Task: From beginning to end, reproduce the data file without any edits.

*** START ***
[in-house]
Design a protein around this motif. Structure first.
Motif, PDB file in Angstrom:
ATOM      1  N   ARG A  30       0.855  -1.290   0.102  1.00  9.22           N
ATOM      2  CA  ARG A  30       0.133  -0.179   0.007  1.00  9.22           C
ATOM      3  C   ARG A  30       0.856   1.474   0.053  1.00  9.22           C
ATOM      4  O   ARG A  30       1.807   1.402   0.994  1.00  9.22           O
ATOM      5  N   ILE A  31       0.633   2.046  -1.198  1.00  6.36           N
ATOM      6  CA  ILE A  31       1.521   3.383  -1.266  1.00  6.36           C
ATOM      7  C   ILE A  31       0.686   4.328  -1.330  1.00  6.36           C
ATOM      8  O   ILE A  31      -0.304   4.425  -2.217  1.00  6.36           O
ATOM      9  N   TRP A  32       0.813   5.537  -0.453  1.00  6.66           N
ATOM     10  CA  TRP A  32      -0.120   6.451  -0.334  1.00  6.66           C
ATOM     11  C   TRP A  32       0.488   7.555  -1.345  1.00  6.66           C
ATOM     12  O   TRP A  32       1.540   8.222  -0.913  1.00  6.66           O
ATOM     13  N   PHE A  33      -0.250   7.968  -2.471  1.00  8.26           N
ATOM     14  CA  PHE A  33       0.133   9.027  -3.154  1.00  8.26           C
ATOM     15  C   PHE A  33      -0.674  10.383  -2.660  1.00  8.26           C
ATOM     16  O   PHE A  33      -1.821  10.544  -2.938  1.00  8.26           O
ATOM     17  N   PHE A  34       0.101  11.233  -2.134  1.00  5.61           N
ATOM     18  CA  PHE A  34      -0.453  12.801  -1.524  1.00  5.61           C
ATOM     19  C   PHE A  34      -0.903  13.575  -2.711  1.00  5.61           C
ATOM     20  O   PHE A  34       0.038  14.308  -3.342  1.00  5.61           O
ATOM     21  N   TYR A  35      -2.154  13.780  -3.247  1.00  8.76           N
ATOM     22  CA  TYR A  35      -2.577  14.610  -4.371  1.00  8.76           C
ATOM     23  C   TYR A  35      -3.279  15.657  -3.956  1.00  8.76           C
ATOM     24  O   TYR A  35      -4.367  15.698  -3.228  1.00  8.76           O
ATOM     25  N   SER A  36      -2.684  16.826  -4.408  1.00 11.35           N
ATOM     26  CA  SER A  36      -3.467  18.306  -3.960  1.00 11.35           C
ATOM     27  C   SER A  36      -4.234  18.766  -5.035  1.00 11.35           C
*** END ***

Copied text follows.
[in-house]
Design a protein around this motif. Structure first.
Motif, PDB file in Angstrom:
ATOM      1  N   ARG A  30       0.855  -1.290   0.102  1.00  9.22           N
ATOM      2  CA  ARG A  30       0.133  -0.179   0.007  1.00  9.22           C
ATOM      3  C   ARG A  30       0.856   1.474   0.053  1.00  9.22           C
ATOM      4  O   ARG A  30       1.807   1.402   0.994  1.00  9.22           O
ATOM      5  N   ILE A  31       0.633   2.046  -1.198  1.00  6.36           N
ATOM      6  CA  ILE A  31       1.521   3.383  -1.266  1.00  6.36           C
ATOM      7  C   ILE A  31       0.686   4.328  -1.330  1.00  6.36           C
ATOM      8  O   ILE A  31      -0.304   4.425  -2.217  1.00  6.36           O
ATOM      9  N   TRP A  32       0.813   5.537  -0.453  1.00  6.66           N
ATOM     10  CA  TRP A  32      -0.120   6.451  -0.334  1.00  6.66           C
ATOM     11  C   TRP A  32       0.488   7.555  -1.345  1.00  6.66           C
ATOM     12  O   TRP A  32       1.540   8.222  -0.913  1.00  6.66           O
ATOM     13  N   PHE A  33      -0.250   7.968  -2.471  1.00  8.26           N
ATOM     14  CA  PHE A  33       0.133   9.027  -3.154  1.00  8.26           C
ATOM     15  C   PHE A  33      -0.674  10.383  -2.660  1.00  8.26           C
ATOM     16  O   PHE A  33      -1.821  10.544  -2.938  1.00  8.26           O
ATOM     17  N   PHE A  34       0.101  11.233  -2.134  1.00  5.61           N
ATOM     18  CA  PHE A  34      -0.453  12.801  -1.524  1.00  5.61           C
ATOM     19  C   PHE A  34      -0.903  13.575  -2.711  1.00  5.61           C
ATOM     20  O   PHE A  34       0.038  14.308  -3.342  1.00  5.61           O
ATOM     21  N   TYR A  35      -2.154  13.780  -3.247  1.00  8.76           N
ATOM     22  CA  TYR A  35      -2.577  14.610  -4.371  1.00  8.76           C
ATOM     23  C   TYR A  35      -3.279  15.657  -3.956  1.00  8.76           C
ATOM     24  O   TYR A  35      -4.367  15.698  -3.228  1.00  8.76           O
ATOM     25  N   SER A  36      -2.684  16.826  -4.408  1.00 11.35           N
ATOM     26  CA  SER A  36      -3.467  18.306  -3.960  1.00 11.35           C
ATOM     27  C   SER A  36      -4.234  18.766  -5.035  1.00 11.35           C